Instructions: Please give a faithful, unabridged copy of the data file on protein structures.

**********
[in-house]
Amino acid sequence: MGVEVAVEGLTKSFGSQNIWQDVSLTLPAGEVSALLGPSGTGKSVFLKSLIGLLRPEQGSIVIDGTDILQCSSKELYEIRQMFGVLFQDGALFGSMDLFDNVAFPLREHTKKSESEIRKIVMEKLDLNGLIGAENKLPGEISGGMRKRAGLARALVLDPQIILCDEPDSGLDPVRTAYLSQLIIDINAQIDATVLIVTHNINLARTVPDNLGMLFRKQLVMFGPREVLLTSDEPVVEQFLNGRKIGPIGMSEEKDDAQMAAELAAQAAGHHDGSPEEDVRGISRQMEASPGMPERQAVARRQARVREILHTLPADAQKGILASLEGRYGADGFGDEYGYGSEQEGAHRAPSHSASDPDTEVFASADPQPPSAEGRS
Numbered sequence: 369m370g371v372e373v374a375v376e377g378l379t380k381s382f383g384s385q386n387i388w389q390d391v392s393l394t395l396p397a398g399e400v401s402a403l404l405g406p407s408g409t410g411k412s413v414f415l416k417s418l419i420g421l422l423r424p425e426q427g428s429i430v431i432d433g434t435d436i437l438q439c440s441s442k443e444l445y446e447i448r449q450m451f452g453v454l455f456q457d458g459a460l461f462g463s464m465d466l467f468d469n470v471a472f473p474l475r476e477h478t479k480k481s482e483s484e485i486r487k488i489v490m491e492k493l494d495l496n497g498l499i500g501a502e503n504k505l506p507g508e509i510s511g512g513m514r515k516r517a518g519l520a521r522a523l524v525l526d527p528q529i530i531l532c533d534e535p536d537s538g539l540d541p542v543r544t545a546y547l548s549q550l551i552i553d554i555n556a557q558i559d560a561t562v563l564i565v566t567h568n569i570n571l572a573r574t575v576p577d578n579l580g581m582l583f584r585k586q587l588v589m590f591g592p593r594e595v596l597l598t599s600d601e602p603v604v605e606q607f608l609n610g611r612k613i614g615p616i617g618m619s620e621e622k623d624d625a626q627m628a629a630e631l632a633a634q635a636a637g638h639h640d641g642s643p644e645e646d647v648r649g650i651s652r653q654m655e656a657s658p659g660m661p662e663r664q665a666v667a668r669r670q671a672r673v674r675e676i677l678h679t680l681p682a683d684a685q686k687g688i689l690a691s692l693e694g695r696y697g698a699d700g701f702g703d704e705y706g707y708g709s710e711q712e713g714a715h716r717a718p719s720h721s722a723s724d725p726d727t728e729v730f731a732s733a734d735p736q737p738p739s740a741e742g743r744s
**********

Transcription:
[in-house]
Amino acid sequence: MGVEVAVEGLTKSFGSQNIWQDVSLTLPAGEVSALLGPSGTGKSVFLKSLIGLLRPEQGSIVIDGTDILQCSSKELYEIRQMFGVLFQDGALFGSMDLFDNVAFPLREHTKKSESEIRKIVMEKLDLNGLIGAENKLPGEISGGMRKRAGLARALVLDPQIILCDEPDSGLDPVRTAYLSQLIIDINAQIDATVLIVTHNINLARTVPDNLGMLFRKQLVMFGPREVLLTSDEPVVEQFLNGRKIGPIGMSEEKDDAQMAAELAAQAAGHHDGSPEEDVRGISRQMEASPGMPERQAVARRQARVREILHTLPADAQKGILASLEGRYGADGFGDEYGYGSEQEGAHRAPSHSASDPDTEVFASADPQPPSAEGRS
Numbered sequence: 369m370g371v372e373v374a375v376e377g378l379t380k381s382f383g384s385q386n387i388w389q390d391v392s393l394t395l396p397a398g399e400v401s402a403l404l405g406p407s408g409t410g411k412s413v414f415l416k417s418l419i420g421l422l423r424p425e426q427g428s429i430v431i432d433g434t435d436i437l438q439c440s441s442k443e444l445y446e447i448r449q450m451f452g453v454l455f456q457d458g459a460l461f462g463s464m465d466l467f468d469n470v471a472f473p474l475r476e477h478t479k480k481s482e483s484e485i486r487k488i489v490m491e492k493l494d495l496n497g498l499i500g501a502e503n504k505l506p507g508e509i510s511g512g513m514r515k516r517a518g519l520a521r522a523l524v525l526d527p528q529i530i531l532c533d534e535p536d537s538g539l540d541p542v543r544t545a546y547l548s549q550l551i552i553d554i555n556a557q558i559d560a561t562v563l564i565v566t567h568n569i570n571l572a573r574t575v576p577d578n579l580g581m582l583f584r585k586q587l588v589m590f591g592p593r594e595v596l597l598t599s600d601e602p603v604v605e606q607f608l609n610g611r612k613i614g615p616i617g618m619s620e621e622k623d624d625a626q627m628a629a630e631l632a633a634q635a636a637g638h639h640d641g642s643p644e645e646d647v648r649g650i651s652r653q654m655e656a657s658p659g660m661p662e663r664q665a666v667a668r669r670q671a672r673v674r675e676i677l678h679t680l681p682a683d684a685q686k687g688i689l690a691s692l693e694g695r696y697g698a699d700g701f702g703d704e705y706g707y708g709s710e711q712e713g714a715h716r717a718p719s720h721s722a723s724d725p726d727t728e729v730f731a732s733a734d735p736q737p738p739s740a741e742g743r744s